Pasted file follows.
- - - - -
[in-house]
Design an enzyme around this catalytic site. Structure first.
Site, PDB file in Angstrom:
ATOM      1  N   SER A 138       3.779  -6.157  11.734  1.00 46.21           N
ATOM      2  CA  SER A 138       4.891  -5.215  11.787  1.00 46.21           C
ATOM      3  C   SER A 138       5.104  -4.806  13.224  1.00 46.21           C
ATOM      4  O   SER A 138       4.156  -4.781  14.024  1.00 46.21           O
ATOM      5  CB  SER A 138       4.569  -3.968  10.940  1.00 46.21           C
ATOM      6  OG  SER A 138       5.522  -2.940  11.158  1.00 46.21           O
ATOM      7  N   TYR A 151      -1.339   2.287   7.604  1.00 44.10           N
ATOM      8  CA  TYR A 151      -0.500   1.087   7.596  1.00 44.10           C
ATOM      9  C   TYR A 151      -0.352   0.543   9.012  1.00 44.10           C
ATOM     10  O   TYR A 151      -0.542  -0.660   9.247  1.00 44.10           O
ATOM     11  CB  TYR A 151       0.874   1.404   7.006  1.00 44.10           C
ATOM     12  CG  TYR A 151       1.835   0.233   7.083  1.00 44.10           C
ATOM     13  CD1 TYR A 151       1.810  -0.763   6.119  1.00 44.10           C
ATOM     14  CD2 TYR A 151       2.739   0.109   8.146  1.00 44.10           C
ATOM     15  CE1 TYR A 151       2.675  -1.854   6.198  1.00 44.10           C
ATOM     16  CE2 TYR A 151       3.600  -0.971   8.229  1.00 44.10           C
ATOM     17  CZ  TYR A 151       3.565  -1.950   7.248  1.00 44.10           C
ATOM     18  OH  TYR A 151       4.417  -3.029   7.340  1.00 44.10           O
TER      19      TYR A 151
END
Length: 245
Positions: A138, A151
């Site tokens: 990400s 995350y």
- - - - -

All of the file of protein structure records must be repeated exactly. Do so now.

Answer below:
[in-house]
Design an enzyme around this catalytic site. Structure first.
Site, PDB file in Angstrom:
ATOM      1  N   SER A 138       3.779  -6.157  11.734  1.00 46.21           N
ATOM      2  CA  SER A 138       4.891  -5.215  11.787  1.00 46.21           C
ATOM      3  C   SER A 138       5.104  -4.806  13.224  1.00 46.21           C
ATOM      4  O   SER A 138       4.156  -4.781  14.024  1.00 46.21           O
ATOM      5  CB  SER A 138       4.569  -3.968  10.940  1.00 46.21           C
ATOM      6  OG  SER A 138       5.522  -2.940  11.158  1.00 46.21           O
ATOM      7  N   TYR A 151      -1.339   2.287   7.604  1.00 44.10           N
ATOM      8  CA  TYR A 151      -0.500   1.087   7.596  1.00 44.10           C
ATOM      9  C   TYR A 151      -0.352   0.543   9.012  1.00 44.10           C
ATOM     10  O   TYR A 151      -0.542  -0.660   9.247  1.00 44.10           O
ATOM     11  CB  TYR A 151       0.874   1.404   7.006  1.00 44.10           C
ATOM     12  CG  TYR A 151       1.835   0.233   7.083  1.00 44.10           C
ATOM     13  CD1 TYR A 151       1.810  -0.763   6.119  1.00 44.10           C
ATOM     14  CD2 TYR A 151       2.739   0.109   8.146  1.00 44.10           C
ATOM     15  CE1 TYR A 151       2.675  -1.854   6.198  1.00 44.10           C
ATOM     16  CE2 TYR A 151       3.600  -0.971   8.229  1.00 44.10           C
ATOM     17  CZ  TYR A 151       3.565  -1.950   7.248  1.00 44.10           C
ATOM     18  OH  TYR A 151       4.417  -3.029   7.340  1.00 44.10           O
TER      19      TYR A 151
END
Length: 245
Positions: A138, A151
């Site tokens: 990400s 995350y």